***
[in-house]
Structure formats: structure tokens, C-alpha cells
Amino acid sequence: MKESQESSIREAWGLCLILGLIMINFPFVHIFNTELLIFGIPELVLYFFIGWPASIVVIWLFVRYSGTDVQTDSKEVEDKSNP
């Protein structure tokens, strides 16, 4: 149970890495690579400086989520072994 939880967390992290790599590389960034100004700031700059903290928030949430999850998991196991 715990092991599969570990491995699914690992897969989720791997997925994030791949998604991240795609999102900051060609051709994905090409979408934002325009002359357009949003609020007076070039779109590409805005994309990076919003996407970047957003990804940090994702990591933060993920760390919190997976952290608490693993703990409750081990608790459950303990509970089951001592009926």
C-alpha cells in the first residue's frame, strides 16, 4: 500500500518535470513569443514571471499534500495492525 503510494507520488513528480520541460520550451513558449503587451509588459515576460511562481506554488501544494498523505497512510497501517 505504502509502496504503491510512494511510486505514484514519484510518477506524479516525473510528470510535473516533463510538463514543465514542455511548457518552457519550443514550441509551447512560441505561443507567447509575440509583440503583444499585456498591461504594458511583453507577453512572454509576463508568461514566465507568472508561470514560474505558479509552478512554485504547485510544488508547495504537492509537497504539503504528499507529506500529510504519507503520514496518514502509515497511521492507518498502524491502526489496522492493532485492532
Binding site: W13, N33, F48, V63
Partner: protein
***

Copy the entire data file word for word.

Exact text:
[in-house]
Structure formats: structure tokens, C-alpha cells
Amino acid sequence: MKESQESSIREAWGLCLILGLIMINFPFVHIFNTELLIFGIPELVLYFFIGWPASIVVIWLFVRYSGTDVQTDSKEVEDKSNP
């Protein structure tokens, strides 16, 4: 149970890495690579400086989520072994 939880967390992290790599590389960034100004700031700059903290928030949430999850998991196991 715990092991599969570990491995699914690992897969989720791997997925994030791949998604991240795609999102900051060609051709994905090409979408934002325009002359357009949003609020007076070039779109590409805005994309990076919003996407970047957003990804940090994702990591933060993920760390919190997976952290608490693993703990409750081990608790459950303990509970089951001592009926």
C-alpha cells in the first residue's frame, strides 16, 4: 500500500518535470513569443514571471499534500495492525 503510494507520488513528480520541460520550451513558449503587451509588459515576460511562481506554488501544494498523505497512510497501517 505504502509502496504503491510512494511510486505514484514519484510518477506524479516525473510528470510535473516533463510538463514543465514542455511548457518552457519550443514550441509551447512560441505561443507567447509575440509583440503583444499585456498591461504594458511583453507577453512572454509576463508568461514566465507568472508561470514560474505558479509552478512554485504547485510544488508547495504537492509537497504539503504528499507529506500529510504519507503520514496518514502509515497511521492507518498502524491502526489496522492493532485492532
Binding site: W13, N33, F48, V63
Partner: protein